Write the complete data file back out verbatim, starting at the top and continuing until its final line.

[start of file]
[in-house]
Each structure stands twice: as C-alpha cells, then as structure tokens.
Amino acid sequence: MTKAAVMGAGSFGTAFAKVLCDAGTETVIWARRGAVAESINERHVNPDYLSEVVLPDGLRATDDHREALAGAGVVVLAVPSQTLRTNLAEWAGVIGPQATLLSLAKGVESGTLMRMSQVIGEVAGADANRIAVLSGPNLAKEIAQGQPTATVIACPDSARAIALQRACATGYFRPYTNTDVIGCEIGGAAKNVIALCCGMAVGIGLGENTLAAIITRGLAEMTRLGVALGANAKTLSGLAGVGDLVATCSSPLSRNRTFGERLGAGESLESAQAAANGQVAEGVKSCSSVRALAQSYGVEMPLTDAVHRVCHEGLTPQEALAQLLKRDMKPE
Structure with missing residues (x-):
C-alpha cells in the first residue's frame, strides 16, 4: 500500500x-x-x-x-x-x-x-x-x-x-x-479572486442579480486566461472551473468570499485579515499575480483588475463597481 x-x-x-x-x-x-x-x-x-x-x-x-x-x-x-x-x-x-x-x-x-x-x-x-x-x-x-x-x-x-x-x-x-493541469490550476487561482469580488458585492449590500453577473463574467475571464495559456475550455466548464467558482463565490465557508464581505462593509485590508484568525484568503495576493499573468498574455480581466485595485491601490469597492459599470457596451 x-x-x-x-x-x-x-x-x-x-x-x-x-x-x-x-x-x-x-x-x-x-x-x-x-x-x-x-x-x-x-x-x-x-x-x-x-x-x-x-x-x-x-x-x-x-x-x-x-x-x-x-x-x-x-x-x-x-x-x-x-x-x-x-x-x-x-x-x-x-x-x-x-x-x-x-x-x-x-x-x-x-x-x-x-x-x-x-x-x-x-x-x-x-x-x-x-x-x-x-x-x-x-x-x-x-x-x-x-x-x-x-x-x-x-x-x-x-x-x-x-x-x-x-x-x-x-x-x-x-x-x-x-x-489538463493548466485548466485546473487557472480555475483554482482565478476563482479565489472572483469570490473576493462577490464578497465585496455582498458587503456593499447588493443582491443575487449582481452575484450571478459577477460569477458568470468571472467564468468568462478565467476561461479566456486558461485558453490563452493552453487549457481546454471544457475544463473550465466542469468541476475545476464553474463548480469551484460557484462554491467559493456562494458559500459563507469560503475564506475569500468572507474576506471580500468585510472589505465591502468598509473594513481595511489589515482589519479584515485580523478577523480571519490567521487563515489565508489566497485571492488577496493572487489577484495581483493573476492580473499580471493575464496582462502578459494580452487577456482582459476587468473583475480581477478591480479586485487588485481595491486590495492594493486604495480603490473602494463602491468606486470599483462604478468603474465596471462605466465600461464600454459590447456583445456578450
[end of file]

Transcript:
[in-house]
Each structure stands twice: as C-alpha cells, then as structure tokens.
Amino acid sequence: MTKAAVMGAGSFGTAFAKVLCDAGTETVIWARRGAVAESINERHVNPDYLSEVVLPDGLRATDDHREALAGAGVVVLAVPSQTLRTNLAEWAGVIGPQATLLSLAKGVESGTLMRMSQVIGEVAGADANRIAVLSGPNLAKEIAQGQPTATVIACPDSARAIALQRACATGYFRPYTNTDVIGCEIGGAAKNVIALCCGMAVGIGLGENTLAAIITRGLAEMTRLGVALGANAKTLSGLAGVGDLVATCSSPLSRNRTFGERLGAGESLESAQAAANGQVAEGVKSCSSVRALAQSYGVEMPLTDAVHRVCHEGLTPQEALAQLLKRDMKPE
Structure with missing residues (x-):
C-alpha cells in the first residue's frame, strides 16, 4: 500500500x-x-x-x-x-x-x-x-x-x-x-479572486442579480486566461472551473468570499485579515499575480483588475463597481 x-x-x-x-x-x-x-x-x-x-x-x-x-x-x-x-x-x-x-x-x-x-x-x-x-x-x-x-x-x-x-x-x-493541469490550476487561482469580488458585492449590500453577473463574467475571464495559456475550455466548464467558482463565490465557508464581505462593509485590508484568525484568503495576493499573468498574455480581466485595485491601490469597492459599470457596451 x-x-x-x-x-x-x-x-x-x-x-x-x-x-x-x-x-x-x-x-x-x-x-x-x-x-x-x-x-x-x-x-x-x-x-x-x-x-x-x-x-x-x-x-x-x-x-x-x-x-x-x-x-x-x-x-x-x-x-x-x-x-x-x-x-x-x-x-x-x-x-x-x-x-x-x-x-x-x-x-x-x-x-x-x-x-x-x-x-x-x-x-x-x-x-x-x-x-x-x-x-x-x-x-x-x-x-x-x-x-x-x-x-x-x-x-x-x-x-x-x-x-x-x-x-x-x-x-x-x-x-x-x-x-489538463493548466485548466485546473487557472480555475483554482482565478476563482479565489472572483469570490473576493462577490464578497465585496455582498458587503456593499447588493443582491443575487449582481452575484450571478459577477460569477458568470468571472467564468468568462478565467476561461479566456486558461485558453490563452493552453487549457481546454471544457475544463473550465466542469468541476475545476464553474463548480469551484460557484462554491467559493456562494458559500459563507469560503475564506475569500468572507474576506471580500468585510472589505465591502468598509473594513481595511489589515482589519479584515485580523478577523480571519490567521487563515489565508489566497485571492488577496493572487489577484495581483493573476492580473499580471493575464496582462502578459494580452487577456482582459476587468473583475480581477478591480479586485487588485481595491486590495492594493486604495480603490473602494463602491468606486470599483462604478468603474465596471462605466465600461464600454459590447456583445456578450